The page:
Wednesday, December 28, 2011

Tondo blood

circa 2010 Tondo, Manila, self portrait 103

When I was a young lad, my cousin, Kuya Cris, would drag me along the streets of Tondo in Manila, introducing me to left and right huddles of guys in their drinking session under the streaming sun and often I would hear him say “Oh baka makita ninyo ‘to dyan naglalakad, walang tatalo diyan ha. Pinsan ko ‘yan!” 

During then, I didn’t understand what he meant, even the occasional forced-drink of Tanduay and Gin from grimy glasses handed by some topless guy with sprawling tattoo marks, either on chest or in their bulging arms. But whenever I would snob the guys or would hesitate for the offered drink, Kuya Cris would nudge me and I knew I have to oblige. 

Kuya Cris was a former drug addict. Every nook and canny, he told me, in Tondo, where crystal meth and drug sessions is to be found, he had a map of them in his mind. Because of that, he was and is still close to them bad boys. Drug pusher, addict, snatcher, hired killer, rapist – name it, he said, “I’ve been with all of them.” Some turned friends, others became enemies to watch out for. 

Tondo is a familiar place since childhood. My lolo and lola, coming from Ilocos, lived there for a period of time. It’s the place where my mother and uncles were brought up. One of my uncles even became head of Tondo police station. 

It is in this story that I remember what my Kuya Cris once told me. I was crying then because of some stupid reason, I was young by the way. It’s still fresh in my mind what he said that day and maybe, I'll never forget: “Lalaki ka at may dugo kang Tondo. Dapat matapang ka.” 

To my surprise, it was the same line that was mentioned in the latest reprise of the movie featuring the late gang lord and modern day Robin Hood of Tondo – Asiong Salonga. 

The story of Nicasio “Asiong” Salonga is not new to me. One of my uncles, my Tito Erning, is friend to Bong Salonga, son of the man himself Asiong Salonga. It is a curious tale, a story about a man who lived surrounded by guns, women, money and other gang lords while remaining popular to the brethren of Tondo; as if a savior, a Messiah that could alleviate poverty and ironically, even violence at its kingdom. The name Asiong Salonga created a mark in my young mind, and recently, I finally met him.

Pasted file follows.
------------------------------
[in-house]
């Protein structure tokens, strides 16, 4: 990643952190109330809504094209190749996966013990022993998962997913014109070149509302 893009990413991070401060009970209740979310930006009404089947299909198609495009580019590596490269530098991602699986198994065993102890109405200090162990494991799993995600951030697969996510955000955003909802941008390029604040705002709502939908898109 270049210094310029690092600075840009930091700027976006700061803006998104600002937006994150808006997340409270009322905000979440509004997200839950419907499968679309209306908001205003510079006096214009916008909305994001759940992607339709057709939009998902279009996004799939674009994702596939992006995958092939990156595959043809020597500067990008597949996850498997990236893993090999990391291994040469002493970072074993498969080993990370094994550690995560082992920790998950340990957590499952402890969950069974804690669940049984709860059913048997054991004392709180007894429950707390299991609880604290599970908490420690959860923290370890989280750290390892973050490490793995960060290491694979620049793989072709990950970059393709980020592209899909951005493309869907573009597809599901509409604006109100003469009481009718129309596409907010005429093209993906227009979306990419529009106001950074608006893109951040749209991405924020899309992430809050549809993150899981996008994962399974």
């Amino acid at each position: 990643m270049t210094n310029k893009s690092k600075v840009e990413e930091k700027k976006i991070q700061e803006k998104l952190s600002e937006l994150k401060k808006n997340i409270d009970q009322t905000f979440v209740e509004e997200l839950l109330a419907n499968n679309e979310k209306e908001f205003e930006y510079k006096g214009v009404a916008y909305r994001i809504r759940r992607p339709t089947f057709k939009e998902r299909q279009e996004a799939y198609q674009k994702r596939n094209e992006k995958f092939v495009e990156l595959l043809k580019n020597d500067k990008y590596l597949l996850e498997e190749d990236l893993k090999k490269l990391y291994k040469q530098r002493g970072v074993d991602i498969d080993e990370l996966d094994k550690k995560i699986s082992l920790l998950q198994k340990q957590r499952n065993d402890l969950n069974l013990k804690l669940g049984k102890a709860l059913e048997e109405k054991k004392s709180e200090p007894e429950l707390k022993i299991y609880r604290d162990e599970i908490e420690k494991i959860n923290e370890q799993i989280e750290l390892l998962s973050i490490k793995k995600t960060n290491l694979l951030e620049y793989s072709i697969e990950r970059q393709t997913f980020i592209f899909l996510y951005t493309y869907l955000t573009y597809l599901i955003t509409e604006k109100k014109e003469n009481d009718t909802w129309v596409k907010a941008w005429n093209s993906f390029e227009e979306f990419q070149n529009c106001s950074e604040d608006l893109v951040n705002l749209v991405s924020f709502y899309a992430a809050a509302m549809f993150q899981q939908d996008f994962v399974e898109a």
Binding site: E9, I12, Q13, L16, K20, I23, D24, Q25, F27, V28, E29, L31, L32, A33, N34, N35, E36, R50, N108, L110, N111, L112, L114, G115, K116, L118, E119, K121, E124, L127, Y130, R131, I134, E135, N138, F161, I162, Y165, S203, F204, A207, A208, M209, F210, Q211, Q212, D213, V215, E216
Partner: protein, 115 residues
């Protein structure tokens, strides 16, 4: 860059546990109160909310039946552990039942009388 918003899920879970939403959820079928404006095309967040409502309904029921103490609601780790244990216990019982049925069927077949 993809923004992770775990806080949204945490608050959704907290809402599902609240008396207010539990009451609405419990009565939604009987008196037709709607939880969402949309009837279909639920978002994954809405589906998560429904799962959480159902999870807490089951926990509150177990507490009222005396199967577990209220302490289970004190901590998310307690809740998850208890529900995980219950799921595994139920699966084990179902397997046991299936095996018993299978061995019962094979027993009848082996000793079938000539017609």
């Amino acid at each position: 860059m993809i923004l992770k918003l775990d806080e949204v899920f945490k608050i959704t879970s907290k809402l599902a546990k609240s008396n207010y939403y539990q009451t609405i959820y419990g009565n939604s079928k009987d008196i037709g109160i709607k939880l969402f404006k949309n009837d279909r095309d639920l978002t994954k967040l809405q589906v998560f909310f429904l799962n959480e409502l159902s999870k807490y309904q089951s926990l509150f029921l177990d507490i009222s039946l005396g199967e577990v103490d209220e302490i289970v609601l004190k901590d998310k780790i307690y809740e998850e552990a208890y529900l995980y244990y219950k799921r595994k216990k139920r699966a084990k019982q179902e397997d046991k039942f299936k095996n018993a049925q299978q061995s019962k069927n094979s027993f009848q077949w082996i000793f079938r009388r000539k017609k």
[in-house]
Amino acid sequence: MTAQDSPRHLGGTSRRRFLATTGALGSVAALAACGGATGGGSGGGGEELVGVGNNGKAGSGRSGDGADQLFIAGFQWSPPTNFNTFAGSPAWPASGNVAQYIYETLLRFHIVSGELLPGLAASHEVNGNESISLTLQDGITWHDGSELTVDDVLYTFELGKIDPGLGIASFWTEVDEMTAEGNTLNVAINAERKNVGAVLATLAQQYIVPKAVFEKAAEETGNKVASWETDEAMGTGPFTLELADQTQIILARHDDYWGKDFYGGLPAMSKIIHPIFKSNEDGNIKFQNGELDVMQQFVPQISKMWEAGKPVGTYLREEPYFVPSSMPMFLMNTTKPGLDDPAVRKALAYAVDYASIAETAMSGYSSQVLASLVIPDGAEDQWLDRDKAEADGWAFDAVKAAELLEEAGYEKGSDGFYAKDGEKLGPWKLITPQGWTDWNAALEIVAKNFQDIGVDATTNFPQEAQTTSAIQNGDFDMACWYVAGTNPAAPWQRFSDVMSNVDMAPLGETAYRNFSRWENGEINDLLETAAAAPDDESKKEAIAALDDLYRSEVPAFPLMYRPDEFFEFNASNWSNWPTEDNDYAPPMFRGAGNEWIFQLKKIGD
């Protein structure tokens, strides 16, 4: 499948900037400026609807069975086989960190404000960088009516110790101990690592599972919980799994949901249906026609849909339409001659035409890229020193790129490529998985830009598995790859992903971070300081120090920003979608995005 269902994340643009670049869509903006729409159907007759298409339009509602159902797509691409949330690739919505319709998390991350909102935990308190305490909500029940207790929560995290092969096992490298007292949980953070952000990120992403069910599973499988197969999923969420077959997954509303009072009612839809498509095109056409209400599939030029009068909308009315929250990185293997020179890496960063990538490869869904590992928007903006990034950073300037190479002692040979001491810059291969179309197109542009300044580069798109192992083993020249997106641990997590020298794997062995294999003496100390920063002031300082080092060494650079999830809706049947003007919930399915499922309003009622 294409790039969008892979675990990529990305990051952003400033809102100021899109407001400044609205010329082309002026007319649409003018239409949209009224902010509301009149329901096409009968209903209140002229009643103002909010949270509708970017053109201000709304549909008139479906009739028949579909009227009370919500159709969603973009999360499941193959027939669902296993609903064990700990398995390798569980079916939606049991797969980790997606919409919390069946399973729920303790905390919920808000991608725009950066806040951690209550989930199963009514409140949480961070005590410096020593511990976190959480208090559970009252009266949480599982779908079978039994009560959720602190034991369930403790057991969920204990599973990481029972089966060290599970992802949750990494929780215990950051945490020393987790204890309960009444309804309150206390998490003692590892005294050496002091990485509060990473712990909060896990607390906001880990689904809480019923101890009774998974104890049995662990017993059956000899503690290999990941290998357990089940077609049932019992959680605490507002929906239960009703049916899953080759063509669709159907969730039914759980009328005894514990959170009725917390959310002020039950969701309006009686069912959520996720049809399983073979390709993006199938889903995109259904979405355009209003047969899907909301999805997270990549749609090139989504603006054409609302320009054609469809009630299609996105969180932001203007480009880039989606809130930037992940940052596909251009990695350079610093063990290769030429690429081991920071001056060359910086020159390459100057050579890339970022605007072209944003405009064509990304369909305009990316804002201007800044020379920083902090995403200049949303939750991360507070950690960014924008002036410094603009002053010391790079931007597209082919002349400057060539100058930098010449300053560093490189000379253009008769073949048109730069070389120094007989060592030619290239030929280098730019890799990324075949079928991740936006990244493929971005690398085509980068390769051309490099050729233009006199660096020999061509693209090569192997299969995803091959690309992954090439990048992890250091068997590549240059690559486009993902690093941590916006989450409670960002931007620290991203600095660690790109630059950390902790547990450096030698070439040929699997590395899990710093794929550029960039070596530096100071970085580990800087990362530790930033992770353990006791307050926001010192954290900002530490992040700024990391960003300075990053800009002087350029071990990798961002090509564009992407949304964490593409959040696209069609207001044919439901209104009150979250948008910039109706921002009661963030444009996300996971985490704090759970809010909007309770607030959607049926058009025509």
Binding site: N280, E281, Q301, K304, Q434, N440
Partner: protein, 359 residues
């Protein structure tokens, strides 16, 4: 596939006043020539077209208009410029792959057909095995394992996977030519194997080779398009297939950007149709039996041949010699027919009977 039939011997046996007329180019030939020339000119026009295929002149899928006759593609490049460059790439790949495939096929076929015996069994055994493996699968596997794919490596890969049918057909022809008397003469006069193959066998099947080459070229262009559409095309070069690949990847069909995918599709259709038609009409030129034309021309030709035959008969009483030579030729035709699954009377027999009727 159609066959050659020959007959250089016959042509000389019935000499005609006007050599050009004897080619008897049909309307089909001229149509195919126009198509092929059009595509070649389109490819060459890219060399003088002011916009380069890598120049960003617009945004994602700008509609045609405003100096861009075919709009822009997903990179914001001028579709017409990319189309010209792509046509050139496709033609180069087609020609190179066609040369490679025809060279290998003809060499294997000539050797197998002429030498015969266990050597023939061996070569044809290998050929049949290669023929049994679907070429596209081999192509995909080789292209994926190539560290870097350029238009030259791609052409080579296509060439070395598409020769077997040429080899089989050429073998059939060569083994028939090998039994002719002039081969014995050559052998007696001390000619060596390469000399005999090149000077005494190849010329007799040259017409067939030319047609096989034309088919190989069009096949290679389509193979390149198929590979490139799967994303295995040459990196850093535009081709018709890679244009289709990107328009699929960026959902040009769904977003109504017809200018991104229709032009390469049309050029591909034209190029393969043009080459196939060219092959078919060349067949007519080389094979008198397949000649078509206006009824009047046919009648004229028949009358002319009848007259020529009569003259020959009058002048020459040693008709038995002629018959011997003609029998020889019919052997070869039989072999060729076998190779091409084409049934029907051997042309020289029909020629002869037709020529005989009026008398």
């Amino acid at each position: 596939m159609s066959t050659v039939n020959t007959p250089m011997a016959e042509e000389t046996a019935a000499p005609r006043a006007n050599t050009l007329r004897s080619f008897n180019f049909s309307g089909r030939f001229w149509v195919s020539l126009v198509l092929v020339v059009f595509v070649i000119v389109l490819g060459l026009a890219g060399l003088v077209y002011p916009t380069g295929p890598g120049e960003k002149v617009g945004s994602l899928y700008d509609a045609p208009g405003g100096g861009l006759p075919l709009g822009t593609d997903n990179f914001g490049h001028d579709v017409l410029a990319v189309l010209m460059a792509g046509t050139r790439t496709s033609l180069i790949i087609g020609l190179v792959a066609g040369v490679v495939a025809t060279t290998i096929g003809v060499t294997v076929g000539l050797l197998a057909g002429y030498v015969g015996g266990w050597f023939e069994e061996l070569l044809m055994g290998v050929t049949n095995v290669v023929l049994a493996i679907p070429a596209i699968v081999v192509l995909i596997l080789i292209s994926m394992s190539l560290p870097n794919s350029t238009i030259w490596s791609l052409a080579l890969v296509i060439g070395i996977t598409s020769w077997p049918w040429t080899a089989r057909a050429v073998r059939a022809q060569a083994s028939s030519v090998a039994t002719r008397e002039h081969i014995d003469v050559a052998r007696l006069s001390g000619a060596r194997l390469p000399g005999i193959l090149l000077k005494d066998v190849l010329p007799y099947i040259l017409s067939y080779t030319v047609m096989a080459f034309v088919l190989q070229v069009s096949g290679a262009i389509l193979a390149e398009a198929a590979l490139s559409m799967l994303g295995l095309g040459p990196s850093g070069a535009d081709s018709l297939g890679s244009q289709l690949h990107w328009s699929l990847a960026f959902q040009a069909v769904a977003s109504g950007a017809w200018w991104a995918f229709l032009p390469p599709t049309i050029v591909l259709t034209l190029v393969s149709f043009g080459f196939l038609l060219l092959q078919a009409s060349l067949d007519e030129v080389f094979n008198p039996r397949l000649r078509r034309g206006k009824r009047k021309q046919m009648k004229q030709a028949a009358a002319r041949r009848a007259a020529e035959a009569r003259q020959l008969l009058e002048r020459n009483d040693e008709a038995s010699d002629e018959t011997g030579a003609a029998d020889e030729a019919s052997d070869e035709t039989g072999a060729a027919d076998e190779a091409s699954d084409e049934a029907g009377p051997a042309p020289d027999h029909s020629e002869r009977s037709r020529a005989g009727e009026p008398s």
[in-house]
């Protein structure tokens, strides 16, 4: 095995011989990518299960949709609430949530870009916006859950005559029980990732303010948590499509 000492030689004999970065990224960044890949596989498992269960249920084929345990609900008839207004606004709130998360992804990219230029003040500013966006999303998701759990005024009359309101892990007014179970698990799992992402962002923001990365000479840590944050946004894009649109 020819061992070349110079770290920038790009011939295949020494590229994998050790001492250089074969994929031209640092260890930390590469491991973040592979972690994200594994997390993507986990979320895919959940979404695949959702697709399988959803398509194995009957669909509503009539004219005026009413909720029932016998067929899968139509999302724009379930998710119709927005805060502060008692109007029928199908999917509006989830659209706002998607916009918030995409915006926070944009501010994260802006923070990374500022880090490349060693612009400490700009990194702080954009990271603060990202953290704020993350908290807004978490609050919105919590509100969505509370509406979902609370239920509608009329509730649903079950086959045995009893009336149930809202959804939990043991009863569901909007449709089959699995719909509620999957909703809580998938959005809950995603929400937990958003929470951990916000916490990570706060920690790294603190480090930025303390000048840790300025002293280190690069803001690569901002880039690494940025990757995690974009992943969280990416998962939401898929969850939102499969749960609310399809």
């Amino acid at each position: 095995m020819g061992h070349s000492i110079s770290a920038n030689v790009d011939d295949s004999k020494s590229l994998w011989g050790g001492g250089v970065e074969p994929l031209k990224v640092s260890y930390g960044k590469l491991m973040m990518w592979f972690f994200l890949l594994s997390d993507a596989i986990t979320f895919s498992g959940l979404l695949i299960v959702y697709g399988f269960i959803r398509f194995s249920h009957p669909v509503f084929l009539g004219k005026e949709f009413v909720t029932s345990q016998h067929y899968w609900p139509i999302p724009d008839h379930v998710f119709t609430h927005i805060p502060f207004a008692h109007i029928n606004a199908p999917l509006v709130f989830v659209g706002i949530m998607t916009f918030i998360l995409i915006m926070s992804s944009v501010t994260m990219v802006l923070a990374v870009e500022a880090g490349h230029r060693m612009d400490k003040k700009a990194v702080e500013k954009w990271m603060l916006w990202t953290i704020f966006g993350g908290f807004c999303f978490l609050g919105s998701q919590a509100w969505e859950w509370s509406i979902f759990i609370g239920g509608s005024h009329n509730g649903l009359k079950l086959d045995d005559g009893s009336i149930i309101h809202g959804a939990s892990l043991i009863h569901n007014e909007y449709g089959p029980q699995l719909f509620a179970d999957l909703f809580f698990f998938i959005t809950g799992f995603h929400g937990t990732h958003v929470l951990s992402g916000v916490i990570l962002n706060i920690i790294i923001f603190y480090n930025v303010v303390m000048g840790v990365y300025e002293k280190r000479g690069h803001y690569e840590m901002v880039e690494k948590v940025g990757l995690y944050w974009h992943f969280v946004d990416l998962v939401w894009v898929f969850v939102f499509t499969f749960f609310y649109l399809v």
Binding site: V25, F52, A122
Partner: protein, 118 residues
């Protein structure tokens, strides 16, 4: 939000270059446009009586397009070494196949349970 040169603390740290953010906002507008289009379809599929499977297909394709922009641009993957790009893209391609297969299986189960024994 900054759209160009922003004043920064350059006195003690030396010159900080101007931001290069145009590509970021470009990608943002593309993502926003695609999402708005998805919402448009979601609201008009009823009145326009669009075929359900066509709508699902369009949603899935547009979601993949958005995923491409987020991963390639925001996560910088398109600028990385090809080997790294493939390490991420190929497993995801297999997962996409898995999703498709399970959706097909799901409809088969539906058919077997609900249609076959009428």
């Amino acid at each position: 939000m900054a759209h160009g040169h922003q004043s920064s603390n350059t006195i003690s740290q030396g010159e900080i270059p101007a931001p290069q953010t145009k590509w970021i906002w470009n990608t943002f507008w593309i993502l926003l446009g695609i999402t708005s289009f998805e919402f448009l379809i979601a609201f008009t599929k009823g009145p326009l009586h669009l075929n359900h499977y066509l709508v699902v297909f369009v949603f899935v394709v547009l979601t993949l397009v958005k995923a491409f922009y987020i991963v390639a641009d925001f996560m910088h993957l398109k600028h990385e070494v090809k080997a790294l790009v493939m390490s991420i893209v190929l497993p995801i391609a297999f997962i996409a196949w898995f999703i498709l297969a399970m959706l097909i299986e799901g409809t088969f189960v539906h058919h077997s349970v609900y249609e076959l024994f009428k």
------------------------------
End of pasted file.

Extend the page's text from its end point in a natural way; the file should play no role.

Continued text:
I am often amused by his story. Who wouldn’t? For someone whose serious child ambition is to become an assassin, who plays with toy guns with all the scathing sound of bullets firing angrily to an invisible nemesis, Asiong Salonga is a hero. A name that sends chills even to authorities, Totoy Golem, Toothpick, Erning, Zapanta – I’ve heard them all, and watching them in theater screen as the era of Tondo bloodbath and gangland violence passed by in front, suddenly I was a kid once more, reliving the former ambition of a macho feared image. 

Allow me to digress a bit from my thesis statement, but the recent Asiong Salonga movie is really good. No, I wasn’t paid by anyone to say that. The photography employed is not just pleasing but tells so much about the story. Congratulations also to Manong Jesse Lasaten for delivering such awesome scoring to the music and Mr. Carlo Mendoza for the amazing cinematography. 

So back to my storyline. I’ve lived with that warning. That having a blood of Tondo requires you to be brave, especially in the face of your enemies. Hide your weakness. Don’t cry. Suck it up. Avenge. 

And then I became 18. And you all probably knew what happened. The gangster fell in love, and everything changes. 

I lost the strut, the arrogance, the swag. I became a soft faggot. Someone who became understanding, someone who now bends his philosophies and pride to comply with some asshole, someone who acts to please the other one – I looked at myself and no more I could find the gangster. He died. 

Maybe life really is ironic. Love killed him, now love will resurrect him. Maybe it’s time to sharpen the swords, pick up the bullets and let the roaring guns trumpet. I forgot that people may not have guns, but one mistake and you’ll have yourself killed by people around you. Worse, it’s the same people you trusted. Or the same people you gave your heart to. 

Tell you what, literally, next year, I’ll be having my own gun. My uncle promised he’ll help me acquire the necessary license. He’s a former police official. Within our family compound, our house is the only one where guns are not kept. Most within our clan are police officers, that’s why; others just have them for protection. Uncle said it’s time for me to take the responsibility of acting as the head of house since my father is abroad working his ass out. Somehow, I’m flattered by this. Maybe finally, they’re seeing the man I’ve become. Finally.